A Rabbi’s Thoughts on Rosh Hashanah—by Peter Eisenstadt

A rabbi, in her study, a few hours before the beginning of the New Year, speaking to herself:
Oh jeez, its erev Rosh Hashanah, and I still have no idea what I am going to speak about in my sermon tonight. I’ve got to deal with my procrastination this year. Maybe that’s what I can talk about, how the calendar is inexorable, and time and tide wait for no one, etc., and calendar events like Rosh Hashanah force us out of our paths of least resistance, and make us change our behavior. Or maybe I could just say because I waited too long to write a good sermon, I wrote this one instead, and that’s what happens when you delay too long, and let it be a lesson to you. No, too meta, and it will go over too many people’s heads. Anyway, if I gave a bad sermon, most people probably wouldn’t notice anyway.

Maybe I could just do the usual, say it’s so good to see you all, and that if some of you High Holyday Jews could manage to get your fannies in the pews on your average, garden-variety Shabbat, and you gave us as much money as you are paying for your daughter’s special soccer coaching, maybe our social hall wouldn’t look like one of those Roman antiquities after ISIS got their paws on it. Nah, that’s too negative. People don’t want to be hectored, and they have heard it all before. Anyway, there’s something magical about seeing all these people bursting the building to its seams—my cup overfloweth and all that.

Perhaps I could speak about how after the bitter fight over the Iran deal among American Jews—it doesn’t really have a good name, does it—the Joint Comprehensive Plan of Action hasn’t really caught on—it’s time for binding our wounds, and I could sound real Lincolnesque, malice to none and charity to all and all that jazz. But I don’t believe it. As Peter Beinart said this week, there is no such thing as the American Jewish community; it’s just an artful fiction. I think the raised tempers have been, on the whole, a good thing. The right-wingers have always been sore winners, and of course now that they for a change were beaten, even sorer losers. Let them pout, let them call every Democratic member of Congress except for Chuck Schumer and his cronies anti-Semites, let them call every M.O.T. who supported Obama a self-hating Jew. We do need to come together in times of emergency, but we need to understand what we are coming together for, and supporting the abstraction that most American Jews call “Israel” doesn’t cut it anymore. Anyway, the real question is not whether the Democrats will turn against Israel’s genuine security interests but whether Obama and Netanyahu will go all kissy-face and they will all make up, and serious discussion of the settlements will remain a non-topic. Yeah, if I go there again and Mr. Schwartz from the board will go ballistic again and insist that I read one of his stupid pamphlets. Just too divisive, unfortunately. Save it for a Shabbat without a Bar or Bat Mitzvah when all we have are the handful of regulars.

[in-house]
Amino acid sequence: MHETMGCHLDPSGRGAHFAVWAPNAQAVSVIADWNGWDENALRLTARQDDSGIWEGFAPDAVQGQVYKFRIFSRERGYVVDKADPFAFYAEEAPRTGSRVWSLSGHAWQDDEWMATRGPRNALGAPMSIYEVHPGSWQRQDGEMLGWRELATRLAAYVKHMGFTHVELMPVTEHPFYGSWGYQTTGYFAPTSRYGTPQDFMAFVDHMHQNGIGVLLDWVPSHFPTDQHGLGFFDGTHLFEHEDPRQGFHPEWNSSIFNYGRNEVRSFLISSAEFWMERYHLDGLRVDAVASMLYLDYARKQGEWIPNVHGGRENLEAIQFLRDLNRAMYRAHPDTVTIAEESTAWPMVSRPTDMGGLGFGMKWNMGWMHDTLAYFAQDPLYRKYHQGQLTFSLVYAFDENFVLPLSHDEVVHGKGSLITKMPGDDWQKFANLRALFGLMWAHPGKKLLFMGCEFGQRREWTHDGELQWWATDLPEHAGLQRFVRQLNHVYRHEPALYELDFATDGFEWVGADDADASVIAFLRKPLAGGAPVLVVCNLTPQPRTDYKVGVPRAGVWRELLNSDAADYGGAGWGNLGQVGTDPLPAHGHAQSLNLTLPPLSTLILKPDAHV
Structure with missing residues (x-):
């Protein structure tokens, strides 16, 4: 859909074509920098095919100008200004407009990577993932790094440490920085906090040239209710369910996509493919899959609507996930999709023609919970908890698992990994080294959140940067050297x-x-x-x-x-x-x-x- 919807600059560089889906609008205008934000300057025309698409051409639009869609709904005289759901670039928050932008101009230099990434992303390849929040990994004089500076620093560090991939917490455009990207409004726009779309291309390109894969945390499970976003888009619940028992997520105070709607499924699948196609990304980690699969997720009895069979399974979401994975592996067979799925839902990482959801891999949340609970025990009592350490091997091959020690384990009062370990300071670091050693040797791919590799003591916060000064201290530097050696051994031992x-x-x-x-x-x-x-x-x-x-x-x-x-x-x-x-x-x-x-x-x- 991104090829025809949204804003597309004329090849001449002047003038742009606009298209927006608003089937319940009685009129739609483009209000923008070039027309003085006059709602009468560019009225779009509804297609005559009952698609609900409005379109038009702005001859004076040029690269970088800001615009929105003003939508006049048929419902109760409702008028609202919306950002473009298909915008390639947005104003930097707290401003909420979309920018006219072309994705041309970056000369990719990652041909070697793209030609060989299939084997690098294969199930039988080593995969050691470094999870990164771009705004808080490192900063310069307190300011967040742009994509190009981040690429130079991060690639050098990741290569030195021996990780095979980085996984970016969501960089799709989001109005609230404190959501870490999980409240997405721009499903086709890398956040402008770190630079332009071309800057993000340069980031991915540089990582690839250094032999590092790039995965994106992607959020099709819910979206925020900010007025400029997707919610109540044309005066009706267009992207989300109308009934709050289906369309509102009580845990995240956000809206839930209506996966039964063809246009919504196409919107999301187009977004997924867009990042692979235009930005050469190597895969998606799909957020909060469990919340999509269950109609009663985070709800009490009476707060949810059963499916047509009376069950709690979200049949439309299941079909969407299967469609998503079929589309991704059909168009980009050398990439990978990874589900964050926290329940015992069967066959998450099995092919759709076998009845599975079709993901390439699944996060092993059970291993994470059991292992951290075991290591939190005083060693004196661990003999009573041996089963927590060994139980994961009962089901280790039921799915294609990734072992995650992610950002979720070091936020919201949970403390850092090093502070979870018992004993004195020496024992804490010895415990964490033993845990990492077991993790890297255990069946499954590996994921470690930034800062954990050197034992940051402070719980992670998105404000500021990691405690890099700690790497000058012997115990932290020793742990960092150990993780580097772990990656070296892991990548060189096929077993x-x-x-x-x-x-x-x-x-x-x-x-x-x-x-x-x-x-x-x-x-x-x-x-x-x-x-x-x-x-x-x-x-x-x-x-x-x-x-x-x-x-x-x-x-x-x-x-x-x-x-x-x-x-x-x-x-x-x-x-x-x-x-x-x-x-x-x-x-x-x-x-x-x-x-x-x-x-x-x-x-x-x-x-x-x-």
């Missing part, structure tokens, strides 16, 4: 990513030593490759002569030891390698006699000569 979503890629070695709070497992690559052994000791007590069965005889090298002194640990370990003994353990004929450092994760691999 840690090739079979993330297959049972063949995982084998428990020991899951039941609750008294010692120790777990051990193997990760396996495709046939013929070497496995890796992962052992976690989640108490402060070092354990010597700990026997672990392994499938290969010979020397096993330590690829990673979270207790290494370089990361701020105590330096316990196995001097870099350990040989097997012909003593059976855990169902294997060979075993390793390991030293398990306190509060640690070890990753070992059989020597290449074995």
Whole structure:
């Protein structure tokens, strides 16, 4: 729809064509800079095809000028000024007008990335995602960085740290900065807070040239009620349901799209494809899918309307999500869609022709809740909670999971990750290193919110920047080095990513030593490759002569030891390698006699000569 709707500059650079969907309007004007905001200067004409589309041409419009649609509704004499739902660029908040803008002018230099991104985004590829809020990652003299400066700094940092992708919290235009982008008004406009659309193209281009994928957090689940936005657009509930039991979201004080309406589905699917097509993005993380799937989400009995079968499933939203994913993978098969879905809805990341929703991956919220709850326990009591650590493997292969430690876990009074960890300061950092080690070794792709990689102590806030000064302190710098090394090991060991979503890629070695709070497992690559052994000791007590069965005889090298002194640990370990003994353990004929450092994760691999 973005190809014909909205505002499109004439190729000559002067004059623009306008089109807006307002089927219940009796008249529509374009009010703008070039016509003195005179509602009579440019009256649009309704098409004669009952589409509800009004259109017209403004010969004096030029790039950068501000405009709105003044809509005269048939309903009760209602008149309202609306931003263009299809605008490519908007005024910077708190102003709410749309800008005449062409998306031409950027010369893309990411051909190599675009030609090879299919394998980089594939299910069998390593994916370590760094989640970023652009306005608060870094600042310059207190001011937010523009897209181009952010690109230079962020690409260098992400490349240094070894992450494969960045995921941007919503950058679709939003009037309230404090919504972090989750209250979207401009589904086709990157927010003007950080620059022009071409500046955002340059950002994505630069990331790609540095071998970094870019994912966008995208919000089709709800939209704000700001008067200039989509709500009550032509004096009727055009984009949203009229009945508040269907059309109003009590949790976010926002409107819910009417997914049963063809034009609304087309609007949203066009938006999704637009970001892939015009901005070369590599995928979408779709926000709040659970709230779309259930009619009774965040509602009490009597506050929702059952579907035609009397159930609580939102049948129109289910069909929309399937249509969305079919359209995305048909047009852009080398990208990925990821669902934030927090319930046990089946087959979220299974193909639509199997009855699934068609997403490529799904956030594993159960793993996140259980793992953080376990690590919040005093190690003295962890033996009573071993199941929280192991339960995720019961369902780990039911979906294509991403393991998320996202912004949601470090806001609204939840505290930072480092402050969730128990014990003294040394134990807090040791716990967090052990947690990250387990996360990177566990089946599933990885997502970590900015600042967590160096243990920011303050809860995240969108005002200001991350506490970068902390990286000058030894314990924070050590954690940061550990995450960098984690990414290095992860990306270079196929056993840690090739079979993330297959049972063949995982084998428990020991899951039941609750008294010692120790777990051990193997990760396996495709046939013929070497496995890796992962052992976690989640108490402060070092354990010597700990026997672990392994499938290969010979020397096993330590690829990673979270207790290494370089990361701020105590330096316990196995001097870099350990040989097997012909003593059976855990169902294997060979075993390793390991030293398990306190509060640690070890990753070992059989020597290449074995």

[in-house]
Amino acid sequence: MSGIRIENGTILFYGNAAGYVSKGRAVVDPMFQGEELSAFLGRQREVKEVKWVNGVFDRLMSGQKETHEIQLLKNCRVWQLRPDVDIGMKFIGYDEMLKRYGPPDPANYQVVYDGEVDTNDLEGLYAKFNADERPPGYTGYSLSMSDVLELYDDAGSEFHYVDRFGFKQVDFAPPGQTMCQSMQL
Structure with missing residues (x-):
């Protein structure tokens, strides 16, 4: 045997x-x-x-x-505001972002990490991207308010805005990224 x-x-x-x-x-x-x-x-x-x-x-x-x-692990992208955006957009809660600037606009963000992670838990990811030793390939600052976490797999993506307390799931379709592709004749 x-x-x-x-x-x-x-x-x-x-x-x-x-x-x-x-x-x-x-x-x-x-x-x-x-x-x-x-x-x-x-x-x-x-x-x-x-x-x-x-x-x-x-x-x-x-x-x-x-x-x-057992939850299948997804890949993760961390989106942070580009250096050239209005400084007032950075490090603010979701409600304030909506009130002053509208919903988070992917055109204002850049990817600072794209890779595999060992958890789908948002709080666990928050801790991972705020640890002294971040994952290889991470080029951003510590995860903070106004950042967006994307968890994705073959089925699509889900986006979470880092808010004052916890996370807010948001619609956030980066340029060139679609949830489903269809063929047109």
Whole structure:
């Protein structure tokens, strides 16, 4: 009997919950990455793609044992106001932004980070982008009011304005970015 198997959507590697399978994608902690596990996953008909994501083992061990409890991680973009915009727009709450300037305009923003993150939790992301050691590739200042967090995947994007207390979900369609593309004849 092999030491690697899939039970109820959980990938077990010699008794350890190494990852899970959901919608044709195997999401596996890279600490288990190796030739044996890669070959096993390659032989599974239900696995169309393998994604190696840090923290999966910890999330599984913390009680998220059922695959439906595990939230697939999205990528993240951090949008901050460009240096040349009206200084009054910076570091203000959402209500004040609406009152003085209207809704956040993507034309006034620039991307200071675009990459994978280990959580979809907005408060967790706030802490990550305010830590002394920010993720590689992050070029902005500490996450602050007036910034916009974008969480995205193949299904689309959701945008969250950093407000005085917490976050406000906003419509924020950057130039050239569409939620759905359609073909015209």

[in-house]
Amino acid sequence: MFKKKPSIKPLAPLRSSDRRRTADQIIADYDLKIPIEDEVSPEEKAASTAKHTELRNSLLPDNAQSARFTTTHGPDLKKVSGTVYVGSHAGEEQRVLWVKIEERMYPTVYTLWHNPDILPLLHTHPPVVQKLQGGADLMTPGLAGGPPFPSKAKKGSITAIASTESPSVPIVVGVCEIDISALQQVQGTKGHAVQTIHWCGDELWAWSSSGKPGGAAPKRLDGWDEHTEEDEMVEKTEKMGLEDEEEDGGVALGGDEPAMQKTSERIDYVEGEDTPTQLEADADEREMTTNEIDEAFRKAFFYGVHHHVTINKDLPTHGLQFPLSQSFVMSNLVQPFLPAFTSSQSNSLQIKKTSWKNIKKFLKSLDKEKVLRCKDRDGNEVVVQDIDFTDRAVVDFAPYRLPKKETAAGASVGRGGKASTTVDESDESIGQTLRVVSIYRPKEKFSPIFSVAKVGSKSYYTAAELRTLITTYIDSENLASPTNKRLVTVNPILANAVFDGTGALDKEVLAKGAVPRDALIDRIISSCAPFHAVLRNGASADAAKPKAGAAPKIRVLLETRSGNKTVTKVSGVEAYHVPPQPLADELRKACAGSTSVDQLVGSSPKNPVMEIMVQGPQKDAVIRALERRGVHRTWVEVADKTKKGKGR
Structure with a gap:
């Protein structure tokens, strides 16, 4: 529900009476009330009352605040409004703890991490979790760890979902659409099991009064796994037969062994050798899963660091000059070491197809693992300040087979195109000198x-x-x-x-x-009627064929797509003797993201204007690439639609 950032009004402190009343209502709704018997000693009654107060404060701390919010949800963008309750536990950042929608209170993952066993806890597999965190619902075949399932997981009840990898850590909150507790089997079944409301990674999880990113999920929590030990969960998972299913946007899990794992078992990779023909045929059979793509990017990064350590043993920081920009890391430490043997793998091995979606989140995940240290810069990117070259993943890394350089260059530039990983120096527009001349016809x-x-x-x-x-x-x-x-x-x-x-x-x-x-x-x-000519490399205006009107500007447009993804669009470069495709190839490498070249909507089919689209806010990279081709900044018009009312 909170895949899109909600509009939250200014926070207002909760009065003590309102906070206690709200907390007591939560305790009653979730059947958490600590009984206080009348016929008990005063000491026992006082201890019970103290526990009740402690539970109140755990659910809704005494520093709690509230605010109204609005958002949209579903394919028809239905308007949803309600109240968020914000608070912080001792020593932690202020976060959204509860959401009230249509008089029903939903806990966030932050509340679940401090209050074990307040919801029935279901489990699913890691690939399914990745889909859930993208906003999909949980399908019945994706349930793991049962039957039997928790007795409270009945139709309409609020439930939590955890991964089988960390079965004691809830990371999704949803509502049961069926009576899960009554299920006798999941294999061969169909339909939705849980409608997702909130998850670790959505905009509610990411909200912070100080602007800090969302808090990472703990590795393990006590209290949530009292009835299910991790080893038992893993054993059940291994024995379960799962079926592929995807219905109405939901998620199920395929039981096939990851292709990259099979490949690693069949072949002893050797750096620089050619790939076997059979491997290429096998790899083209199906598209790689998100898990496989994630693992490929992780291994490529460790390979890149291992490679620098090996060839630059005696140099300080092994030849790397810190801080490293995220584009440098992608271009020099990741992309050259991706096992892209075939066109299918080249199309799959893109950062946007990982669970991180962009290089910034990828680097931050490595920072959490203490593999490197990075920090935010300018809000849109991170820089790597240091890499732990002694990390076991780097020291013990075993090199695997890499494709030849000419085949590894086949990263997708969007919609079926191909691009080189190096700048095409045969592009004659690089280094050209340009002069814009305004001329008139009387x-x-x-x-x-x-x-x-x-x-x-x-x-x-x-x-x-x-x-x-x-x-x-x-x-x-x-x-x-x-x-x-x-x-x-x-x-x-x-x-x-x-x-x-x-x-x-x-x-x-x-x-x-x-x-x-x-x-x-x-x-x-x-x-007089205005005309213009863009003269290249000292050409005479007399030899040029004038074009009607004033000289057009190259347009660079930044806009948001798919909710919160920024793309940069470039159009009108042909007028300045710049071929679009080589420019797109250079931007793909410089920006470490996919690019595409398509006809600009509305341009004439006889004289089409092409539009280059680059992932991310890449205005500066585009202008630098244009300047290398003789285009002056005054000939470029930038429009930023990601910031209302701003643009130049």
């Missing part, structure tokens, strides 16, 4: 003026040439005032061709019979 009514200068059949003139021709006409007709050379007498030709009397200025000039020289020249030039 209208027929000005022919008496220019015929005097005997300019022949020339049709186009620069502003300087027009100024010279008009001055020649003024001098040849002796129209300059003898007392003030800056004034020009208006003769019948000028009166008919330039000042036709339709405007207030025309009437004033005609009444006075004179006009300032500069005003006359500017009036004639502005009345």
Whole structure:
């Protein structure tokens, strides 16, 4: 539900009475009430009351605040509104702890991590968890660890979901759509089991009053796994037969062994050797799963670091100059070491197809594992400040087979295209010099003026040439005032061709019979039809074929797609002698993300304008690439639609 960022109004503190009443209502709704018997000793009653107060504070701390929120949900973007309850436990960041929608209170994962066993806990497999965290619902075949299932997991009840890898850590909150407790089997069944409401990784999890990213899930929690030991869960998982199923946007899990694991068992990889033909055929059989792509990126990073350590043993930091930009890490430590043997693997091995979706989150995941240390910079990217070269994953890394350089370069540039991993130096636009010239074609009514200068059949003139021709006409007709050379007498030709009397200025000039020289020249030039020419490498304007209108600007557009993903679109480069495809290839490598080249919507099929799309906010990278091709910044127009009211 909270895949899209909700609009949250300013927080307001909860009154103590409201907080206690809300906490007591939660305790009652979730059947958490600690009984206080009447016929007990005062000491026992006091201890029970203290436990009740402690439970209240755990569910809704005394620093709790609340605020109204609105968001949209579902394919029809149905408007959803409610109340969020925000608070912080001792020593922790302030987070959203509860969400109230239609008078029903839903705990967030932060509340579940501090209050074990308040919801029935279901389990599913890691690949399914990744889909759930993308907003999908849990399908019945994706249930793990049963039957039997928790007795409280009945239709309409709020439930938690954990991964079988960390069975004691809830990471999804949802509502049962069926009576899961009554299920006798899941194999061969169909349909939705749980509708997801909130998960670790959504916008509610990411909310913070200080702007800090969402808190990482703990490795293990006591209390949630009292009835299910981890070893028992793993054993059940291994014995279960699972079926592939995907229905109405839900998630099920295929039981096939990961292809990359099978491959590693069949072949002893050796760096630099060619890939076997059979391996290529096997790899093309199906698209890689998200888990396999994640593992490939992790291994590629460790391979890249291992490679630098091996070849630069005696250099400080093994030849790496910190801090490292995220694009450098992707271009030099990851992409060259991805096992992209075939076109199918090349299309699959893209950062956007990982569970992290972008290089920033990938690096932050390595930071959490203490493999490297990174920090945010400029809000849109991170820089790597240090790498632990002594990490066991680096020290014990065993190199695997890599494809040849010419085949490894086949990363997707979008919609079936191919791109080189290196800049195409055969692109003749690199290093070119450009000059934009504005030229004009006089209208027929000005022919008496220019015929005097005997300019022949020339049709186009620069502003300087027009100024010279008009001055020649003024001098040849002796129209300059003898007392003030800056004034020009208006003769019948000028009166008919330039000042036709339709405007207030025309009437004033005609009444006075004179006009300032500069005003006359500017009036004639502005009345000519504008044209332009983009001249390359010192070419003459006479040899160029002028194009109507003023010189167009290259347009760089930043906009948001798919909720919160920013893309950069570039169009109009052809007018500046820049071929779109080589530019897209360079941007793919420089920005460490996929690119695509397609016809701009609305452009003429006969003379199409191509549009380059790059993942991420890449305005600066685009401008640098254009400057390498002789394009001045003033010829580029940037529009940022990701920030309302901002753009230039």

Here’s an idea: I just went to the supermarket and saw a Rosh Hashanah display; honey cake, teglach, Kedem grape juice and all that. Why is it that no supermarket ever has a Yom Kippur display? How can food companies make money off fasting? And if a day like Yom Kippur can’t be commercialized by Wegmans and their peers, does it really exist? No, too weird.